Q&A: How similar are modern spoken Hebrew and modern spoken Arabic? Are they mutually intelligible at all?

It’s a curious thing: with some words, you think that the two languages are like French and Spanish: the pronunciation is different, but the words are clearly cognates. For example, the sentence:“Tonight, at 10:15, I and you* will eat something at home with our son.

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Where do the swear words in Modern Hebrew come from? Do any of them originate in older stages of Hebrew?


As a student many years ago, I shared a workspace for a while with a Syrian student by name of Mahmood.

He was wary of me at first when he learned that I’m Israeli, but mellowed when he saw that I bore him no ill will. He only really relaxed, however, when I revealed to him that most of our swear words in Hebrew are Arabic.

‘Really?’ he asked, , intensely curious. ‘Give me some examples.’

So I told him of some of the obvious ones, such as k** u****k and in**-abuk (this is a family website, so I won’t spell them out), and more flowery ones, such as yaḥreb beitak (‘May your house be destroyed’). I also told him that there are Arabic expressions that we use not for swearing, but just as slang—such as tizzi**bi.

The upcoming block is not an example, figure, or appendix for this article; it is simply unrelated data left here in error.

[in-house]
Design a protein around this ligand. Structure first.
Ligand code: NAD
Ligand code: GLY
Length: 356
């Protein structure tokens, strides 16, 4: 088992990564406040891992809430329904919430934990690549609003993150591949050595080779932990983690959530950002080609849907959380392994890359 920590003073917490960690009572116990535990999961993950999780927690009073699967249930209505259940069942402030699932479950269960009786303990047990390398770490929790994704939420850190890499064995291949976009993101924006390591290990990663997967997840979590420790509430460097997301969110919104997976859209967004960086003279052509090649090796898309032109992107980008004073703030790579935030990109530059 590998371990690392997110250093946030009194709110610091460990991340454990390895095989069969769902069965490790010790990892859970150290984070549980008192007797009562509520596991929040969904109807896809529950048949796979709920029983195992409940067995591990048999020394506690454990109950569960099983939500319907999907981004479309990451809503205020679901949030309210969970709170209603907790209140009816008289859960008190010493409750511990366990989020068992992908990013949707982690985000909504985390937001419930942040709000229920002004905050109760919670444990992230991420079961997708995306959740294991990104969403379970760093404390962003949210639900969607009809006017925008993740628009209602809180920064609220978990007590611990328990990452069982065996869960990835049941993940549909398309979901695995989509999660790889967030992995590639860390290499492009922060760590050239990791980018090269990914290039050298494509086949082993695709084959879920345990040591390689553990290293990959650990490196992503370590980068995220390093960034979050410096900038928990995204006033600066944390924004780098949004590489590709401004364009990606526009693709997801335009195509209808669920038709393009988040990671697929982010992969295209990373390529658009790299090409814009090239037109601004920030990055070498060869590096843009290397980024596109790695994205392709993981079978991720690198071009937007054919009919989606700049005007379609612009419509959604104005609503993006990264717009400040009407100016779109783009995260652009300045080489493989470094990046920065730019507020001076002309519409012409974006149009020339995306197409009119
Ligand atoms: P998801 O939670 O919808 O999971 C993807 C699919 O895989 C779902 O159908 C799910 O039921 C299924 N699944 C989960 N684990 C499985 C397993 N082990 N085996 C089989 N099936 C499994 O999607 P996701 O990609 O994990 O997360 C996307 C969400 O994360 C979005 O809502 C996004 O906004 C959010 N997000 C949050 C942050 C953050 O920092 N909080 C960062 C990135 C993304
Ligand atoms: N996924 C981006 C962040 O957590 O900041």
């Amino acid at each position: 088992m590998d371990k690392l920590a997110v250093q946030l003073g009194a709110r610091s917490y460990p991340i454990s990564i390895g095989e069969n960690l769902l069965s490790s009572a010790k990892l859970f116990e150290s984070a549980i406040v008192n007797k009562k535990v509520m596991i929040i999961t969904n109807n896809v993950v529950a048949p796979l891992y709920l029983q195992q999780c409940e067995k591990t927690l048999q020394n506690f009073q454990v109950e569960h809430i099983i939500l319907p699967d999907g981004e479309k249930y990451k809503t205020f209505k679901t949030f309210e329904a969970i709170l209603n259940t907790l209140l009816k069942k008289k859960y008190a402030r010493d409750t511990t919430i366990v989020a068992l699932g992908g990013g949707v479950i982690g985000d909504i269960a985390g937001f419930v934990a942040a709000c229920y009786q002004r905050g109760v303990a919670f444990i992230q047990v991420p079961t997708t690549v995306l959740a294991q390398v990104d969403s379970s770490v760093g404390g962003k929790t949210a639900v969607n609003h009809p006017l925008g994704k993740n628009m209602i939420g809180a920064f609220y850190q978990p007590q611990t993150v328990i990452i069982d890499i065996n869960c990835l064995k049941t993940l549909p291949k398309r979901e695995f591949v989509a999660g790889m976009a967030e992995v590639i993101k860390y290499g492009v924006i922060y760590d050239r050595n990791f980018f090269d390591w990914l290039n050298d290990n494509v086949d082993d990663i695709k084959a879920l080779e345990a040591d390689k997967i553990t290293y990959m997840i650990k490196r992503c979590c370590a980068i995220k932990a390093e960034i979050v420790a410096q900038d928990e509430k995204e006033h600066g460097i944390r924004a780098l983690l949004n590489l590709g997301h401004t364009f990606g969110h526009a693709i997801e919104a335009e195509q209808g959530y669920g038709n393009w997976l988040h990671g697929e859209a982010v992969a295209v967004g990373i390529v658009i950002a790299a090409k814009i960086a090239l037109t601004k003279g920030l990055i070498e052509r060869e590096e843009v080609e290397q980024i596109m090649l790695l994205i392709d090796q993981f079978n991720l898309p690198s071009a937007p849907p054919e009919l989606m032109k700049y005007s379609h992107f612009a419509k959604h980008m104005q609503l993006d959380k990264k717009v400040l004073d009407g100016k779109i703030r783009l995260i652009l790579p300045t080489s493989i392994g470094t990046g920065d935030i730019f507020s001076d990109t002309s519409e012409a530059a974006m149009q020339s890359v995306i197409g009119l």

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Nice try—but (alas) no nargillah


Liron Lavi Turkenich is a young and engaging Israeli graphic designer with a commendable idea: bridge the cultural gap between Israel’s Hebrew speakers and its Arab population by creating a ‘hybrid’ font set comprising characters that are half Hebrew, half Arabic:


Fig. 1: A blend of the Hebrew and Arabic words for “language”, in the “Aravrit” font. Unfortunately, it looks nothing like the Arabic word, and most resembles the Hebrew word שנאה (sin’ah) = ‘hate’

I read briefly about this font (cleverly dubbed Aravrit—a play on the Hebrew words aravit and ivrit, i.e., ‘Arabic’ and ‘Hebrew’) a few months ago, and even adopted the first combined word that you see in the video (which allegedly depicts the word ‘language’ in both Hebrew and in Arabic) in my latest talk, about ‘Arabic Hebrew‘ (see Fig. 1).

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Q&A: If I time traveled to Israel in the times of King David, how much of my Hebrew would people understand?


Interesting question. The good news is that the Hebrew of King David’s time is actually closer to modern Hebrew than that of the Second Temple period (with its considerable Aramaic influences).  This is partly due to the deliberate efforts of the Zionist leadership to hark back to the nation’s heroic past, and partly because, in the revival of Hebrew in the modern era, the narratives of the Hebrew Bible provided far more source material than the Second Temple period, when the Talmudic Sages (who were virtually the only ones putting things down in writing) tended to slip into Aramaic all the time.

As a result, the glimpses of dialogue that we see in David’s time sound remarkably contemporary.  Two examples, out of many: